When asked if the company will fill out the paper work, the employee replied: ‘Yes, we will do. For the documents for claiming child benefits you’ll be charged ?70.’

Travel agencies in Sofia as well as the Romanian capital of Bucharest reported huge demand for tickets. At the Central Bus Station in Sofia, travel agent Svetlanka Beaucheva said: ‘Everything is booked until Thursday, January 9. There are no seats left.’

Sixteen coaches carrying more than 50 passengers each will make the 1,500-mile journey by road to London from Sofia next month.

A manager at coach company Karats Eurolines said prices had gone up due to the high demand.
Another, at coach firm Balkan Horn, said: ‘It is very busy, many people want to travel to England, especially with the change in EU rules. But everything is booked up, it’s hard to get there.’

Ion Prioteasa, president of Dolj county in the south of Romania, claimed that the numbers travelling from there to the UK will double to 70,000 next year.


Death Toll in Volgograd Terror Climbs to 34

Tuesday, December 31st, 2013

The combined death toll from the two suspected suicide bombings in the Russian city of Volgograd has risen to 34.

The news was reported Tuesday by CCN, citing Russian RIA Novosti.

The death toll increased after some of those wounded in the attacks died in the hospital overnight.

Two terror attacks struck Volgograd within 24 hours.

The first terrorist act was committed in the railway station in Volgograd on Sunday. Another terrorist attack was committed on a trolley bus Monday.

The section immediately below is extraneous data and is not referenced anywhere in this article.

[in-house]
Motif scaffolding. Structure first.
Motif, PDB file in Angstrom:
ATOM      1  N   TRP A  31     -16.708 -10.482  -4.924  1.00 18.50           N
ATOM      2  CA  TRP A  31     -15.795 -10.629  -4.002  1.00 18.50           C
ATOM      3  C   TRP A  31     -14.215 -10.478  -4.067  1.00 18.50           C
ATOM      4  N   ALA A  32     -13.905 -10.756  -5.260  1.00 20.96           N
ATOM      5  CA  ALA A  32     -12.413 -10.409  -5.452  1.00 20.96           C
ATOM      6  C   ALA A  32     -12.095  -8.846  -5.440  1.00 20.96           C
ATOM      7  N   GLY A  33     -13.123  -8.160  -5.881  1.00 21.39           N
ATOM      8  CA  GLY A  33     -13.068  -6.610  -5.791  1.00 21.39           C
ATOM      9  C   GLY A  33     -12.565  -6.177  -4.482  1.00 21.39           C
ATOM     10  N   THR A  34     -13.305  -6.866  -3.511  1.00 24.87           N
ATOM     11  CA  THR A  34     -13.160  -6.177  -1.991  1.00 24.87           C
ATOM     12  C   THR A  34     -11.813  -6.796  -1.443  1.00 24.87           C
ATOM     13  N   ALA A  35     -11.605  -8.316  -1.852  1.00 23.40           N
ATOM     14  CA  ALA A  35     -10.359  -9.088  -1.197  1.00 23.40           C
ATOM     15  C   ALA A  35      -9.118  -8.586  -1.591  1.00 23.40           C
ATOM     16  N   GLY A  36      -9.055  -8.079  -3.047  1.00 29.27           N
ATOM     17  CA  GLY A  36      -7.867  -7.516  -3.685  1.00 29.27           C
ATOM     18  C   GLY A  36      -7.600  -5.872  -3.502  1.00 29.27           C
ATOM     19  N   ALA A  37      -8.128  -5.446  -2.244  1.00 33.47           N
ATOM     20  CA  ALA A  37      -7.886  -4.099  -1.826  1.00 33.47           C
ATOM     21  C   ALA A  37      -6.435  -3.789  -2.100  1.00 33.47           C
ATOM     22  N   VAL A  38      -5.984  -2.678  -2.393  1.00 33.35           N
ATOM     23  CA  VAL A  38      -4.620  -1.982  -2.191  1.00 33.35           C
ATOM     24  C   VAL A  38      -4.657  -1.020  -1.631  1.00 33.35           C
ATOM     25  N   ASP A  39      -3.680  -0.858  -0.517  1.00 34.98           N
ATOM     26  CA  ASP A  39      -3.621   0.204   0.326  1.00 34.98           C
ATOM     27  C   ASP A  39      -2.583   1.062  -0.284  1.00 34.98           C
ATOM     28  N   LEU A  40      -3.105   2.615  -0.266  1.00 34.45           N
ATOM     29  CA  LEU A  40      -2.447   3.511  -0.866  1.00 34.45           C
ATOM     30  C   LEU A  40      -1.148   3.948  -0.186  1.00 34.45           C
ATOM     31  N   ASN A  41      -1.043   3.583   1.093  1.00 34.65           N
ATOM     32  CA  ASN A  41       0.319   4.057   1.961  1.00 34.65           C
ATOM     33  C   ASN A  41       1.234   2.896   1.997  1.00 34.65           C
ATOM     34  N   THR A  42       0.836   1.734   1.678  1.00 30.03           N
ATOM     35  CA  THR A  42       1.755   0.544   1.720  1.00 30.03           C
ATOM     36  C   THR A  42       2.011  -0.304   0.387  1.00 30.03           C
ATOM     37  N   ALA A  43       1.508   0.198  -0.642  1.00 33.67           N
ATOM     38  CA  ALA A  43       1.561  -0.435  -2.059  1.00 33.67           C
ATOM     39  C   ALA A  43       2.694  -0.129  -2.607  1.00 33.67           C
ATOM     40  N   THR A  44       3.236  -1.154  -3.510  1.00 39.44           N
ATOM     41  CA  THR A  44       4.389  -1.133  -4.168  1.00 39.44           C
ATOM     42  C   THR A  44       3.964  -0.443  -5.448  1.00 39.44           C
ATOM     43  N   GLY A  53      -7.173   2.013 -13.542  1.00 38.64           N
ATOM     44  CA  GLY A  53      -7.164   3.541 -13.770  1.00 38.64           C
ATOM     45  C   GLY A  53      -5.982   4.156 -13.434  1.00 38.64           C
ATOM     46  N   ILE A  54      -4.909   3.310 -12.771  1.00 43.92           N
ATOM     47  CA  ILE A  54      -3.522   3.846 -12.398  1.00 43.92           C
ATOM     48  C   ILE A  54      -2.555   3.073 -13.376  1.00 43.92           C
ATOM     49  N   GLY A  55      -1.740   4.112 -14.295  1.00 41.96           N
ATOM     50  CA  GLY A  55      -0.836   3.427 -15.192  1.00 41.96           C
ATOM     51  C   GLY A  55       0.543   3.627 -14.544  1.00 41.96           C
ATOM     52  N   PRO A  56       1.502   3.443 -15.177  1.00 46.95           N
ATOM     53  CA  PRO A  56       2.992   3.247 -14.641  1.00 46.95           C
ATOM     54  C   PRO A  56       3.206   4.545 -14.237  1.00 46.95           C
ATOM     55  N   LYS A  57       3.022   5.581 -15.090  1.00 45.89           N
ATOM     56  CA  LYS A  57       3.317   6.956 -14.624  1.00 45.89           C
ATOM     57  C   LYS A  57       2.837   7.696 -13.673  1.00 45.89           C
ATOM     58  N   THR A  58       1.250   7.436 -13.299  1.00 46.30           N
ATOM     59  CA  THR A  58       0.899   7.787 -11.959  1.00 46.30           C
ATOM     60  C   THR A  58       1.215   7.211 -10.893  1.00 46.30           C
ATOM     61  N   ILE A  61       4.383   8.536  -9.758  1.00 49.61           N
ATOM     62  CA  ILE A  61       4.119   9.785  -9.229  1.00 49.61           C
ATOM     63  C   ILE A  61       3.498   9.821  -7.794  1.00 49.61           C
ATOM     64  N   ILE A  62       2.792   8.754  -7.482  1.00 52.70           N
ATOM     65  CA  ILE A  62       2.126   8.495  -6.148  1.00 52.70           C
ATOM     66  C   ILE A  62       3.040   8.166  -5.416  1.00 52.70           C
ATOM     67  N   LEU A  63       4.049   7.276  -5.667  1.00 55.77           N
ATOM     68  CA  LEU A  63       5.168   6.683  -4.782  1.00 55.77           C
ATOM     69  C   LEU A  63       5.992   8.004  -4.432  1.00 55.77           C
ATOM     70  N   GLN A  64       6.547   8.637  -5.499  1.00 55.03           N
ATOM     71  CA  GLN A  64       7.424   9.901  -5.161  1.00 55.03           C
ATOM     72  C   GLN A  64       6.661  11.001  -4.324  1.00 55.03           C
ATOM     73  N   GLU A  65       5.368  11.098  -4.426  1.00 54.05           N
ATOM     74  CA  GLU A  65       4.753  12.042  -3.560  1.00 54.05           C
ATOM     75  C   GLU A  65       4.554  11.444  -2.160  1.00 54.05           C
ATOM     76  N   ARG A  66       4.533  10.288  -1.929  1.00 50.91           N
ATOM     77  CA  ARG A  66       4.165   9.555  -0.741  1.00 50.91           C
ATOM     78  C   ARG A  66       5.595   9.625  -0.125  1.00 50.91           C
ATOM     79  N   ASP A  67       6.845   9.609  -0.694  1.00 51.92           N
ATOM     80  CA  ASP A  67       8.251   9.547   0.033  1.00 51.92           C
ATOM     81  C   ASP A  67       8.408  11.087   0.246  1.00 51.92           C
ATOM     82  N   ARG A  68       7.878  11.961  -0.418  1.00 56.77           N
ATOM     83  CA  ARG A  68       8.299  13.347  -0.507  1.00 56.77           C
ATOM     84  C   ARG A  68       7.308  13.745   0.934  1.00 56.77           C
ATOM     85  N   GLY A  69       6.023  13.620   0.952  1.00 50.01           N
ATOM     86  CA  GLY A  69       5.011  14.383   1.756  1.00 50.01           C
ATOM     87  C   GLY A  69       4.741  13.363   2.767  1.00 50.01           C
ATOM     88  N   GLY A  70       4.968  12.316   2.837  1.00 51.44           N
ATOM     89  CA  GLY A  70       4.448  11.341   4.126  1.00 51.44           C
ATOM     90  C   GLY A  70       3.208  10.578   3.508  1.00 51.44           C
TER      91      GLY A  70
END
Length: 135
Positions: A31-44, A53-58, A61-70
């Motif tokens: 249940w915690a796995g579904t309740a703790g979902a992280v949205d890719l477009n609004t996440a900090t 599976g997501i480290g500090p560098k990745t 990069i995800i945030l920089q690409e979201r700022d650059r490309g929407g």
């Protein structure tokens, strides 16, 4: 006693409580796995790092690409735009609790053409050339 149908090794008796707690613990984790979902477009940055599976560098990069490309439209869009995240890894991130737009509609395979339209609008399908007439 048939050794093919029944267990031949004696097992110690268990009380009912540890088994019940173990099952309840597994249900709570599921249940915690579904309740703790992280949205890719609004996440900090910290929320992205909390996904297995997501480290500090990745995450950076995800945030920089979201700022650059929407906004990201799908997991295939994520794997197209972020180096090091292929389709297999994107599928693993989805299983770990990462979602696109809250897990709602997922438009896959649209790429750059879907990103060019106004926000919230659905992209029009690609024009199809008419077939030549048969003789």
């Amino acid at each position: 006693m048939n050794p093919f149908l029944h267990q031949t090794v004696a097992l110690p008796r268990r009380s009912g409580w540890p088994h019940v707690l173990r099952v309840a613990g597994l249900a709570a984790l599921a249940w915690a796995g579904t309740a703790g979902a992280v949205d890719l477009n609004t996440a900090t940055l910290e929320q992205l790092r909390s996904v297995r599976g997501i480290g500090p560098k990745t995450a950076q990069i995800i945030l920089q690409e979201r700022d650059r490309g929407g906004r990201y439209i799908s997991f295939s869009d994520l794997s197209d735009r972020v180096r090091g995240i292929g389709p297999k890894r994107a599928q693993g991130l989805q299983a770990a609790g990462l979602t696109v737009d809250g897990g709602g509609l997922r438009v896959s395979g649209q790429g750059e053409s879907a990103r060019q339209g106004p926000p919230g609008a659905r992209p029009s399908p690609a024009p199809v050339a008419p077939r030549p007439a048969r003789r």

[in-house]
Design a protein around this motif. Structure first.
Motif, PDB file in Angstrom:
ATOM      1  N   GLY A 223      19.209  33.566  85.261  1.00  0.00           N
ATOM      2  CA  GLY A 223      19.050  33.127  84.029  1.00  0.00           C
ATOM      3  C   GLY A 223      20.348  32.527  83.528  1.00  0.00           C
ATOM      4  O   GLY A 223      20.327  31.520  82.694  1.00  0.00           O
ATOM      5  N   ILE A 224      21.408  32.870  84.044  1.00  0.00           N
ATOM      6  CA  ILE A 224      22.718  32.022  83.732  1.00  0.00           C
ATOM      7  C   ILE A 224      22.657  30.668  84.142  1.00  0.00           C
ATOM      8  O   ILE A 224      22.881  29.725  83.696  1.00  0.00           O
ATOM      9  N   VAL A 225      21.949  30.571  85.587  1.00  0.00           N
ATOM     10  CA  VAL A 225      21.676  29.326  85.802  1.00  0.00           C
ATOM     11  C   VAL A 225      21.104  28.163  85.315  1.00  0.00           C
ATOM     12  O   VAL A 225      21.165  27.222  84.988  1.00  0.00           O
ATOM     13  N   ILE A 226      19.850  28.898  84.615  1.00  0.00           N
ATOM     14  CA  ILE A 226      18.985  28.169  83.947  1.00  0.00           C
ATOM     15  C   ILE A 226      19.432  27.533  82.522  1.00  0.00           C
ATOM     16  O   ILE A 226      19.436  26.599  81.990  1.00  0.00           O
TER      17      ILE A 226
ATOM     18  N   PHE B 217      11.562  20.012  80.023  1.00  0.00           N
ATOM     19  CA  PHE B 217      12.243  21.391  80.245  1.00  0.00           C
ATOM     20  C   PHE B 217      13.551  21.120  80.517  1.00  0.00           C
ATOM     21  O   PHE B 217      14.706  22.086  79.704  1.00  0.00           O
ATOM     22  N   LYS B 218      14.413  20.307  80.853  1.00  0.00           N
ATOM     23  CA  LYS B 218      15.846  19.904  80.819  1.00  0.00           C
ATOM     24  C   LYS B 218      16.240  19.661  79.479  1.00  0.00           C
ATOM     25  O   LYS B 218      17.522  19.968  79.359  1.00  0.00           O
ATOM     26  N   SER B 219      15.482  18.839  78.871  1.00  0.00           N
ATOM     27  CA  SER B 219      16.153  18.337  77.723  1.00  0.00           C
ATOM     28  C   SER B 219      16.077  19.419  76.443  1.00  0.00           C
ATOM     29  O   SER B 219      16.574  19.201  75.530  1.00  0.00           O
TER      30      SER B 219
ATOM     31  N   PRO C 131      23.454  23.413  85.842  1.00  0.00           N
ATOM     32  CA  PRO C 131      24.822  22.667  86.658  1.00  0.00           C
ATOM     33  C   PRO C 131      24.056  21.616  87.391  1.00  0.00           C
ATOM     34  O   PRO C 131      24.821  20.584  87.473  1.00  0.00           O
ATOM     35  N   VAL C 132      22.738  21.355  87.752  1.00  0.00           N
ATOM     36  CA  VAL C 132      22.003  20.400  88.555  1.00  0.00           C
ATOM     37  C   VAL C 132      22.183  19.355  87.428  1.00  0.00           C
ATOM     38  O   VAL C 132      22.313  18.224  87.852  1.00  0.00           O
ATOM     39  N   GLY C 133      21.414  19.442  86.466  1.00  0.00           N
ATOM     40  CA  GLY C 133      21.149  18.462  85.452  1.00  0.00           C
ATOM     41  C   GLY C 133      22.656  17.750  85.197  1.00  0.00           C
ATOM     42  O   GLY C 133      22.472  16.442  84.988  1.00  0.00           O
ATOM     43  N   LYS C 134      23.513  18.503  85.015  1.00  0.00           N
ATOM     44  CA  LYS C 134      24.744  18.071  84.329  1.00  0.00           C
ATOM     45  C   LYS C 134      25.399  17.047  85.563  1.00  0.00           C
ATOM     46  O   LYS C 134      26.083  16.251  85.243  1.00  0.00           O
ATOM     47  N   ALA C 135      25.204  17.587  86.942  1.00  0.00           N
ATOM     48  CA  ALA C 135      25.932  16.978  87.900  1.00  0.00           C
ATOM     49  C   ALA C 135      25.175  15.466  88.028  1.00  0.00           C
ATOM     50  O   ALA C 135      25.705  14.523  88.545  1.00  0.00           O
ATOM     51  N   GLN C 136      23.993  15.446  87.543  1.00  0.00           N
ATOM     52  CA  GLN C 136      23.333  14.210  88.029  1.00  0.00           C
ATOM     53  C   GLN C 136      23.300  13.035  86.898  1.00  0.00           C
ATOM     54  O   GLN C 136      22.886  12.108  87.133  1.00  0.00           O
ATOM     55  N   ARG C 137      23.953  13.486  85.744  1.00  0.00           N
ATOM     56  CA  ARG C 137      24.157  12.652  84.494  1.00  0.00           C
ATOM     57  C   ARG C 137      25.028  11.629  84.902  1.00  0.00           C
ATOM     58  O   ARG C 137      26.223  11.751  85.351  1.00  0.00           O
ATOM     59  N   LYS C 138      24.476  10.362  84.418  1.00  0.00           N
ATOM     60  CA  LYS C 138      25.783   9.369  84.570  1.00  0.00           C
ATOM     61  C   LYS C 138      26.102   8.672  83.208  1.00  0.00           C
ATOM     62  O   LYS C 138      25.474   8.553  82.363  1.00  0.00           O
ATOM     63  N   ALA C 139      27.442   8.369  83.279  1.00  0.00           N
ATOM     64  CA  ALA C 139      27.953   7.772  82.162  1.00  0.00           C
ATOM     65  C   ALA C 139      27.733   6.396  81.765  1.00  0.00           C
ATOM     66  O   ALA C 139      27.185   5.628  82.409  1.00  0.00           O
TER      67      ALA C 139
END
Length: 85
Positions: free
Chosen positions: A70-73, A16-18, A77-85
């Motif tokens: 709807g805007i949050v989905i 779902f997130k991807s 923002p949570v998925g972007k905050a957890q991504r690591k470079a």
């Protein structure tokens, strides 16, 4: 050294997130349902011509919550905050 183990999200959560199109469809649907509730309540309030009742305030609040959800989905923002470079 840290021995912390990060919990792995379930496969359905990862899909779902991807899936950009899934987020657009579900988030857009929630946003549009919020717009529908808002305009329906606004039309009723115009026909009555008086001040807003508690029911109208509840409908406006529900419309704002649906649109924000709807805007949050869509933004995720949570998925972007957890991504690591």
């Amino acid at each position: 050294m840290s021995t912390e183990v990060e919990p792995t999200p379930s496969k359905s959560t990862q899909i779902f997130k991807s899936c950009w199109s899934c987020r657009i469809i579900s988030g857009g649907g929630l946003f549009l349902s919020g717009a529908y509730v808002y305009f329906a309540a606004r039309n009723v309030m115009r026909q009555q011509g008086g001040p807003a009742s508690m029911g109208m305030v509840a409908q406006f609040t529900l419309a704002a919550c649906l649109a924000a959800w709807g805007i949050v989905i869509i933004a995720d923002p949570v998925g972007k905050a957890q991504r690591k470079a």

The number of people killed in an explosion at the city’s rail station now stands at 18, the Russian agency said, citing the Emergencies Ministry.

For the blast on a trolleybus Monday, the toll has reached 16.

The two attacks left over a hundred injured, including 65 people hospitalized. All victims have been identified.

Specialists are offering psychological assistance to the injured, their families and the families of the victims. A hotline for counseling has been opened.

The first victims of the attacks will be buried Sunday and funerals will continue during the first days of the new year. The decision for the burials has been made by relatives of the dead and the costs will be borne by the Russian state.

All events, associated with gathering of people in one place, have been canceled.

Russian authorities have announced five-day mourning after the two attacks.

Investigators say the attacks were linked.

They struck just over a month before the Winter Olympics begin in Sochi.

Volgograd was also targeted in October, when a suspected female suicide bomber killed six people in an attack on a bus.

No one has yet claimed responsibility for the two latest explosions.

Russian media reported meanwhile that according to preliminary information the suicide bomber was a Russian male, Pavel Pechenkin, who converted to Islam in 2012.


Volgograd Policeman Stopping Suicide Bomber Awarded Posthumously

Tuesday, December 31st, 2013

Russian transport police Senior Sergeant Dmitry Makovkin, 29, killed on the line of duty in Volgograd has been awarded posthumously with a Medal of Courage.

Two terror attacks struck Volgograd within 24 hours.

The first terrorist act was committed in the railway in Volgograd on Sunday. Another terrorist attack was committed on a trolley bus Monday. Over 30 people have been killed.

Makovkin perished on site at the railway station while stopping the suicide bomber from advancing further and preventing a much higher death toll.

“When the suicide bomber saw the metal detector frame and saw the policemen on duty as she entered the railway station, she got nervous and her behavior seemed suspicious to the policemen,” Interior Ministry spokesman Andrei Pilipchuk told TV Rossiya-24.

Makovkin started in the direction of the bomber at a fast pace and at that moment the explosion rang. He will be buried on Wednesday.

Russian media reported meanwhile that according to preliminary information the suicide bomber was a Russian male, Pavel Pechenkin, who converted to Islam in 2012.

Investigators say the attacks were linked.

They struck just over a month before the Winter Olympics begin in Sochi.

Volgograd was also targeted in October, when a suspected female suicide bomber killed six people in an attack on a bus.